Barcaldine has an interesting and famous history. The name Barcaldine originates from the Oban region in Scotland and is pronounced bar-call-din.
Barcaldine is home to the Tree of Knowledge, the reputed birth place of the labour movement in Australia. The Tree grew outside the Railway Station for about 180 years until 2006 when sadly, it was poisoned by an unknown culprit. The famous tree has been preserved and placed under an award winning structure that gives the illusion of a canopy over the Tree. The best view of the Tree and the memorial is at night when it is beautifully lit by special lighting. A visit at night will be a highlight of your trip.
Barcaldine is a great place to spend a few days experiencing, exploring and relaxing. Its rich history is on full display at the Barcaldine and District Historical Museum and the Australian Worker’s Heritage Centre. The main street reflects the love of arts and culture by community members with murals, musical instruments, beautiful gardens and the windmill.
Take a stroll along Lagoon Creek or the Botanical Walk and be mesmerised by the native fauna and flora.
The historic Tree of Knowledge is famous for being the birthplace of the Australian Labour movement. The tree was poisoned in 2006, preserved and placed under an award winning timber structure. It is now a place of inspiration, reflection and celebration. It is beautifully lit with lighting during
The Radio Picture Theatre is a classic Art Nouveau movie theatre, with the original canvas seating and painted screen facade. Movies are still shown on weekends and the building is also used periodically to house art competitions, quilt displays and travelling plays. It is managed by the Barcaldine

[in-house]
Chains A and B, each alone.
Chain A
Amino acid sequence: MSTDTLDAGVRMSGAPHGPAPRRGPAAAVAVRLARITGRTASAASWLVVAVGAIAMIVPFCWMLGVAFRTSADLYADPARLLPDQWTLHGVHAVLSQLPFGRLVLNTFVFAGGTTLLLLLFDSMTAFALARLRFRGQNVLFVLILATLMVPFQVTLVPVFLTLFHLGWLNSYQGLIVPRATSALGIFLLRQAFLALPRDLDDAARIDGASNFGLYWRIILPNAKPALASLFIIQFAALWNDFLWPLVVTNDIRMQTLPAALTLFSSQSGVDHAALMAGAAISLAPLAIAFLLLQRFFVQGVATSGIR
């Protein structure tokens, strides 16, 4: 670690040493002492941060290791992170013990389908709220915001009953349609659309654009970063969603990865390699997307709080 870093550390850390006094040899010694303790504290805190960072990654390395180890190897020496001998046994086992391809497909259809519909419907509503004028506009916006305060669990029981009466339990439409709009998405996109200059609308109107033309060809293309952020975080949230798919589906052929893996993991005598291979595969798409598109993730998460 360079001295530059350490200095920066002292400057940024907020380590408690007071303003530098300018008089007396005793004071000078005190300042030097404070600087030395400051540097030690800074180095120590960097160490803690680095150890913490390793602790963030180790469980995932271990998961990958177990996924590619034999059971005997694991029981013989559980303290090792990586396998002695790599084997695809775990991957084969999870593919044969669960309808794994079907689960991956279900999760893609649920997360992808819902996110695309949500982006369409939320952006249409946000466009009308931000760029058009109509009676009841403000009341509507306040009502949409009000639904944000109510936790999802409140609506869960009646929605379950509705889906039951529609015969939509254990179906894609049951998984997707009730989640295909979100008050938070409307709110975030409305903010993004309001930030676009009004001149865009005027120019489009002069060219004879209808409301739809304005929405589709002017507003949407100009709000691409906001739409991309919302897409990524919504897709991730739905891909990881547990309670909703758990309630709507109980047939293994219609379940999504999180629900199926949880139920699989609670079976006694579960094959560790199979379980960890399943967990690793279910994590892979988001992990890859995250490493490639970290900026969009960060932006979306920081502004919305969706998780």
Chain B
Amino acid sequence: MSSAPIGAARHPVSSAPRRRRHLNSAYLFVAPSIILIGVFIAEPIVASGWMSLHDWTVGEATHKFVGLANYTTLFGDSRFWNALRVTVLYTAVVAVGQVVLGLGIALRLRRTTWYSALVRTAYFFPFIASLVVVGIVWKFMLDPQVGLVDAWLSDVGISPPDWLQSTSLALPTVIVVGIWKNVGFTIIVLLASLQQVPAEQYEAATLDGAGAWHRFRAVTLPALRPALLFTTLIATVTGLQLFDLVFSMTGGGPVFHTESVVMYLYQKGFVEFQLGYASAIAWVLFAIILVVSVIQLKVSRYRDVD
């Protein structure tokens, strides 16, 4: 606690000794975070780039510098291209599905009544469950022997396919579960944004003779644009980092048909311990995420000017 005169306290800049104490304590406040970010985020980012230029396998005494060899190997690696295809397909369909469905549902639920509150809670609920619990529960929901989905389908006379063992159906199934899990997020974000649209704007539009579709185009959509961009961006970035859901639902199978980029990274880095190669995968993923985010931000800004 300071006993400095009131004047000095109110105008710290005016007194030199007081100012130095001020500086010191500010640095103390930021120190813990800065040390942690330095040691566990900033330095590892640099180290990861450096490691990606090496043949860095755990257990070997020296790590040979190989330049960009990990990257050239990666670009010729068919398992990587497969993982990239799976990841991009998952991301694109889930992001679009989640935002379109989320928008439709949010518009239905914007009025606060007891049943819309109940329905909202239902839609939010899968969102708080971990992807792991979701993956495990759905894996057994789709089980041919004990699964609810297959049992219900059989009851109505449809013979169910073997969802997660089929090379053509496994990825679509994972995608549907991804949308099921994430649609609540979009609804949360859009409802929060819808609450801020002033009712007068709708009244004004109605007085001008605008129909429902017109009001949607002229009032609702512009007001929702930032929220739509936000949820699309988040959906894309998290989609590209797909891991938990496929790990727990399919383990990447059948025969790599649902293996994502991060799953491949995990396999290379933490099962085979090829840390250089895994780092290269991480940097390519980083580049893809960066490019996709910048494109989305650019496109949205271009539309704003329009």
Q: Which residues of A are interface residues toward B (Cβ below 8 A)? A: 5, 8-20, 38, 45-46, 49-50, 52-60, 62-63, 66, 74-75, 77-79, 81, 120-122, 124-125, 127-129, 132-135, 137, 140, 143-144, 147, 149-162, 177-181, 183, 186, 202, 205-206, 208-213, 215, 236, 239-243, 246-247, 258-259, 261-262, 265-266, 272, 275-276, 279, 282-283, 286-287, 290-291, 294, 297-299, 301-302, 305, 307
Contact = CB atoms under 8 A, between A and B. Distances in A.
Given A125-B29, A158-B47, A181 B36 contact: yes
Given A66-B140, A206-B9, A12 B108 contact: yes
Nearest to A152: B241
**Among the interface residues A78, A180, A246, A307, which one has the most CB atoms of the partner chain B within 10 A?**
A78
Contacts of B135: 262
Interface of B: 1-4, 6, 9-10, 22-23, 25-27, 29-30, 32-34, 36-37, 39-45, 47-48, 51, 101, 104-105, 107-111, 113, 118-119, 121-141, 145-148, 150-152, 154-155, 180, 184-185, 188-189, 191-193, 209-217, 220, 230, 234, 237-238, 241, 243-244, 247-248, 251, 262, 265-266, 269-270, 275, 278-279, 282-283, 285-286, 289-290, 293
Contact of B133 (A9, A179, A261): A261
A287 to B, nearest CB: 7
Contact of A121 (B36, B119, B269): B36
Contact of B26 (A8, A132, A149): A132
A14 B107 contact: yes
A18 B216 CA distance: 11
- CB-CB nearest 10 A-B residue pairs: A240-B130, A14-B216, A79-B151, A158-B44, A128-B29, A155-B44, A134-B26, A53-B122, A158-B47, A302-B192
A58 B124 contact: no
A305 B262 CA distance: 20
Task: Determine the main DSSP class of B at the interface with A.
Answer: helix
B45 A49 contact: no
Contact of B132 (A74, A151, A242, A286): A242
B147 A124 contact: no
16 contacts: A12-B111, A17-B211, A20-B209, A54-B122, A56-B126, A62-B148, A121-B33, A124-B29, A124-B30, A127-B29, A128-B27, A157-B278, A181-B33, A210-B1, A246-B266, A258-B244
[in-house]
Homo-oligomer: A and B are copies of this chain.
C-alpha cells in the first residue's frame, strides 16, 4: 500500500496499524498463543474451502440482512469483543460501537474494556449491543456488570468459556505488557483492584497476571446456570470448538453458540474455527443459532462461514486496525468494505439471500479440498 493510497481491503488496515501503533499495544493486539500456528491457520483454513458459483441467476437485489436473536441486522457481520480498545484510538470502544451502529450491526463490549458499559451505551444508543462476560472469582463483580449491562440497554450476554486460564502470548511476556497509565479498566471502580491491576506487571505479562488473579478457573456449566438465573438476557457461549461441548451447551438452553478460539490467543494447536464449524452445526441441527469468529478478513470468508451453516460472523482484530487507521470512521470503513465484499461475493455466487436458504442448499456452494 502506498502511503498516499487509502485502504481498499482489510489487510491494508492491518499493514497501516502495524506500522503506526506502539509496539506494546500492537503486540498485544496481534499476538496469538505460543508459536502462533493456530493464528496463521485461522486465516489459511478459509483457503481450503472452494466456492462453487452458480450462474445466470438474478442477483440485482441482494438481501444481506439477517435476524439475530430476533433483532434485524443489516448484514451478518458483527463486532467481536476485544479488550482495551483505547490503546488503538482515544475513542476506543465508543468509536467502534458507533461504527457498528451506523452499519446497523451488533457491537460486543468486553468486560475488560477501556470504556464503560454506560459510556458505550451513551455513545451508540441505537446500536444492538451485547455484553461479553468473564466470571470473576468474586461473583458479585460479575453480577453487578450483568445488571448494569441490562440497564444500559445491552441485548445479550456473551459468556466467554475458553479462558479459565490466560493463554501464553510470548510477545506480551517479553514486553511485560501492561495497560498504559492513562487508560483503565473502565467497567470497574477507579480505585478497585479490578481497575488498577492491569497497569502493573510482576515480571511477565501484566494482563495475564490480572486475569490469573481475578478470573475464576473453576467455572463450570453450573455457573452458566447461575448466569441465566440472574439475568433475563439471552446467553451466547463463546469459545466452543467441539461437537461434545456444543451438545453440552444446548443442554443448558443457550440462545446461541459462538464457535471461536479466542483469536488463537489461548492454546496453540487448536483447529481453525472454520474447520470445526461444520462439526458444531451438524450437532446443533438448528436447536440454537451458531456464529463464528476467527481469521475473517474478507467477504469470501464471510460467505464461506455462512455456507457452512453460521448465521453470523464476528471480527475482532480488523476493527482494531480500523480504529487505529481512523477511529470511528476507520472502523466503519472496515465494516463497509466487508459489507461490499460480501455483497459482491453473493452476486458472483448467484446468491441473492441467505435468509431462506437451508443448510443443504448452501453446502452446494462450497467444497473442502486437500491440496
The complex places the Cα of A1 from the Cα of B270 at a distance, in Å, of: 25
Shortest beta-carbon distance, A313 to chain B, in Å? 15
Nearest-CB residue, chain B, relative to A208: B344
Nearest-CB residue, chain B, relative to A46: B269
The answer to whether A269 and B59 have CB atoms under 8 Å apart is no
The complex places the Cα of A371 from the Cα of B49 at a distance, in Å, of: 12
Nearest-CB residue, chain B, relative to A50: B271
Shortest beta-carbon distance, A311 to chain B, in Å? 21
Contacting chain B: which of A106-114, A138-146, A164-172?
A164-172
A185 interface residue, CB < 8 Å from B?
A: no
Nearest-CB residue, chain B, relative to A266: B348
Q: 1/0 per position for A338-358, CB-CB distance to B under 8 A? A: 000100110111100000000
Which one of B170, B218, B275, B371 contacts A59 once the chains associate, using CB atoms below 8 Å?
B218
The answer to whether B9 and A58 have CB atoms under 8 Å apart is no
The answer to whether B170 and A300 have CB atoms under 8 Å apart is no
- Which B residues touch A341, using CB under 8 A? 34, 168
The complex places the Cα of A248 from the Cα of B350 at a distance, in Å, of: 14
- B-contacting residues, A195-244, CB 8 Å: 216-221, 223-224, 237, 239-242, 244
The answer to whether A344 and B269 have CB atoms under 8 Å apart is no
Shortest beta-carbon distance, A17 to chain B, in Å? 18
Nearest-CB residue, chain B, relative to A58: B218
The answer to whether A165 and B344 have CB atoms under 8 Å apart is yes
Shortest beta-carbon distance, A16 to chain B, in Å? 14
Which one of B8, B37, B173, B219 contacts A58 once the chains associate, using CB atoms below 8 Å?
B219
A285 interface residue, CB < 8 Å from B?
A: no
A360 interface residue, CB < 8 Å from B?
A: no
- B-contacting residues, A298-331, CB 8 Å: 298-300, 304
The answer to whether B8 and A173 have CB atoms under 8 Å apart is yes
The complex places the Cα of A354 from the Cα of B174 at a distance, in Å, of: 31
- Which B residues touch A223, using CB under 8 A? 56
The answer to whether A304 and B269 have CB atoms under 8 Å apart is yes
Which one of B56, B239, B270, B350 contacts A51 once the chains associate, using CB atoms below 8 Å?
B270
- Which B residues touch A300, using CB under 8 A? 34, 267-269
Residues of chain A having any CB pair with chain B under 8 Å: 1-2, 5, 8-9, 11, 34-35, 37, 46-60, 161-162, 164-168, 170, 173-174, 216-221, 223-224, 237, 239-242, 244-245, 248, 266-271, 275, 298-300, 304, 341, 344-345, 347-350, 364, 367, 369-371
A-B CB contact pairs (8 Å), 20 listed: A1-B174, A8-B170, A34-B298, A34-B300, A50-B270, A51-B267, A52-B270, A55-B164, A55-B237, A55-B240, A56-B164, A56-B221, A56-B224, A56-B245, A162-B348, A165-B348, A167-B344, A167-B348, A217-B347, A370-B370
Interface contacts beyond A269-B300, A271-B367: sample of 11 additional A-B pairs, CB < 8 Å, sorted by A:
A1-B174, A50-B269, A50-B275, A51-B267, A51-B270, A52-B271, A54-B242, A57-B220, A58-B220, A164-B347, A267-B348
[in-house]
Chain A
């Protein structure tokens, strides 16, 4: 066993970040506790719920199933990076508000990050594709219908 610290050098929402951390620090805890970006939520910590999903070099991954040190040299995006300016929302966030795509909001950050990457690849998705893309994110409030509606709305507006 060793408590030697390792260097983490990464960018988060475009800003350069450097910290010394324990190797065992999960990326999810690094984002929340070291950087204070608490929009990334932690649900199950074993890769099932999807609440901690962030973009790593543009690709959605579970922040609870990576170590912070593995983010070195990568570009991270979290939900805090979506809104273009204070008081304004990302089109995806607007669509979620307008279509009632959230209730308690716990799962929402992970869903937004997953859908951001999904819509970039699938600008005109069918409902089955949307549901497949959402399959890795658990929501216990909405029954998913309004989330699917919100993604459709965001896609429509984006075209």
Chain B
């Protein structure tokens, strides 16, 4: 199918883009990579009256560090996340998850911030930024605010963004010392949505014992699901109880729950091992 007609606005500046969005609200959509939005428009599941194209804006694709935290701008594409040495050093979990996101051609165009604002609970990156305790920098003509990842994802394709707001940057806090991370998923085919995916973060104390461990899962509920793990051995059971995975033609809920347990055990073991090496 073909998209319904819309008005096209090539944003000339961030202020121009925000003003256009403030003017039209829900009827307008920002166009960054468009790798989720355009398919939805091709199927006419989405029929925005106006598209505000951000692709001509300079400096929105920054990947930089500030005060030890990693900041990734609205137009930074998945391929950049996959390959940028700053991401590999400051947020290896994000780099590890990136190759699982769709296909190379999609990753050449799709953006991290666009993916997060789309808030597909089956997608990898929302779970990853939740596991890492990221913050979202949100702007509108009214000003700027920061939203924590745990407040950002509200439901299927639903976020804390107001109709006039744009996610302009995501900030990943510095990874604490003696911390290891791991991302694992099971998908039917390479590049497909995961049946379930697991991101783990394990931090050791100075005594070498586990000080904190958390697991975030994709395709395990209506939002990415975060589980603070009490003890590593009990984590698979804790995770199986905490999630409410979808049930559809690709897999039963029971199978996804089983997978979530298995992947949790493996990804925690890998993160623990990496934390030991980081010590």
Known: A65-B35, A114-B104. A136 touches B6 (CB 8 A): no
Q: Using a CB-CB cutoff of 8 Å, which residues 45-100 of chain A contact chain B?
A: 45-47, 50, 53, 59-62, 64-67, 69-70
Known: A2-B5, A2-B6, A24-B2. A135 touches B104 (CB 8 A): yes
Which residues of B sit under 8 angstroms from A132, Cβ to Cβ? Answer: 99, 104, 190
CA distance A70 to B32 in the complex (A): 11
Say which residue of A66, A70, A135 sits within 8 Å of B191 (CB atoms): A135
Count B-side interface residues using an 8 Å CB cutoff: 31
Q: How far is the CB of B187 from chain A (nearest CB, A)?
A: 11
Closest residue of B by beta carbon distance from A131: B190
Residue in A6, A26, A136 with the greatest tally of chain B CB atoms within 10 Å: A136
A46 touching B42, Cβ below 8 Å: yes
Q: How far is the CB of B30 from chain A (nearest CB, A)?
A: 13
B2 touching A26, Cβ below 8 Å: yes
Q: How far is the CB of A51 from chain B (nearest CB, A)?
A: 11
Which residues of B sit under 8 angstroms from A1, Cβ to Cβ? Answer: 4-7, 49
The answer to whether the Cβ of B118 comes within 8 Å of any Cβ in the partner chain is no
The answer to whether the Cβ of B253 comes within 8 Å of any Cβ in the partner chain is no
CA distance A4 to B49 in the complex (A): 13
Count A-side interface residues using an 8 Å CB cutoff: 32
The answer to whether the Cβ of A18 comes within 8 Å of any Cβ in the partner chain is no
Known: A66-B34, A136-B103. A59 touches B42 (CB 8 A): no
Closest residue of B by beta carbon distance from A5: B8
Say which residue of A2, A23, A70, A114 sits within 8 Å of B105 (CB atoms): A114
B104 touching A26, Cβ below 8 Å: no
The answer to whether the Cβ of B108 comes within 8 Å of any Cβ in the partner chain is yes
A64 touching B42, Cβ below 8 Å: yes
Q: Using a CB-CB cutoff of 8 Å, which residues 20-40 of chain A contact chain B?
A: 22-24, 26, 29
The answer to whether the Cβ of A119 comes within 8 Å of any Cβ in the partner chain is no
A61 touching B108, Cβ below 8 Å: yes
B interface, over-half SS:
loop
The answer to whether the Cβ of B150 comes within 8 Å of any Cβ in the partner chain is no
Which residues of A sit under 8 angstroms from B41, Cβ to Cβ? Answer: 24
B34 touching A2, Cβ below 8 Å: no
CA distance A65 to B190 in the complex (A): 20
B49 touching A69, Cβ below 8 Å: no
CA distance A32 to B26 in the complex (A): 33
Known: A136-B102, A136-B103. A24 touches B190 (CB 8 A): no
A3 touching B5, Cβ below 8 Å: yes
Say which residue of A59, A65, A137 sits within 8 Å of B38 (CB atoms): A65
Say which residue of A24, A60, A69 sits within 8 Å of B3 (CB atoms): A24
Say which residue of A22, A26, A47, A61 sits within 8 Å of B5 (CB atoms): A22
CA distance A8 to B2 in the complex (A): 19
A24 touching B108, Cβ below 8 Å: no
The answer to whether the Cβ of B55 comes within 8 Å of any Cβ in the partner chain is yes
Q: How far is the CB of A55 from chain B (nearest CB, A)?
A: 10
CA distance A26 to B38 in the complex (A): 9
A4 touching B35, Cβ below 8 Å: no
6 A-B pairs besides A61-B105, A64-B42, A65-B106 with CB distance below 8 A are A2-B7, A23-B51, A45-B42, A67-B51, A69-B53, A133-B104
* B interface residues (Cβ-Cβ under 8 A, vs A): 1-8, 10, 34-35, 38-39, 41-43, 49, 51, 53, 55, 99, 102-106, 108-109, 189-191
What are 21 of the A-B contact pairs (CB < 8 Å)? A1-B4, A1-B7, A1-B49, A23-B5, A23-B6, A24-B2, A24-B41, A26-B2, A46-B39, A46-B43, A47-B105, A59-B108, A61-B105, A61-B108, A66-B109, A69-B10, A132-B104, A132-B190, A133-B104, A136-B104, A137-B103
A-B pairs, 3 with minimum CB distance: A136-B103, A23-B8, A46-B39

Lagoon Creek on the outskirts of Barcaldine is a popular walking and birdwatching area. There are two kilometres of walking tracks which wind along the creek. You can see wildlife watering along the Lagoon Creek in the early morning or at dusk. Dogs are permitted but must be
Lloyd-Jones Weir is situated 14 kilometres south west of Barcaldine. It is a recreation and fishing area. It’s open daily, all year round and is a great place to enjoy the surrounds of Barcaldine. Throw a line in and try to catch yellowbelly or a red claw! It’s
Discover at your own pace the Australian Workers Heritage Centre – a place of reflection, within this museum styled complex, visitors can journey through exhibition space which celebrates the extraordinary legacy of working Australians telling a vitally important part of our nation’s history through its working life via
Located in Beech Street, the Masonic Lodge is a national heritage listed building which houses a working Masonic temple. The building is constructed of tin and timber but has a painted facade which makes it look like brick. Tour the lodge with a Mason are available on request
If you are musically inclined you might like to try playing the Thong-A-Phone and Marimba which are located in Oak Street. These large musical instruments were constructed as part of a public works programme; they are art pieces and visitors are more than welcome to try their hand
Located in Oak Street, the Windmill is a symbol of the importance of Artesian Water plays to Outback Queensland. Constructed by Sidney Williams and Company in 1917, the Mill stood on the sight of the first flowing bore in Queensland. It can pump in wind speeds as low
Between the Bougainvilleas is an award winning heritage trail, which showcases some of Barcaldine’s varied and colourful history. Maroon signs featuring a windmill logo have been placed at significant historical sites around Barcaldine. Each sign provides a brief history of its site and a photograph of what was
Barcaldine and District Museum showcases the history and heritage of the Barcaldine District. Housed in the historic old National Bank Building. There are displays containing artefacts from the pioneering days of the bush. These displays include household items, machinery, photographs and paintings. Some of the most unusual items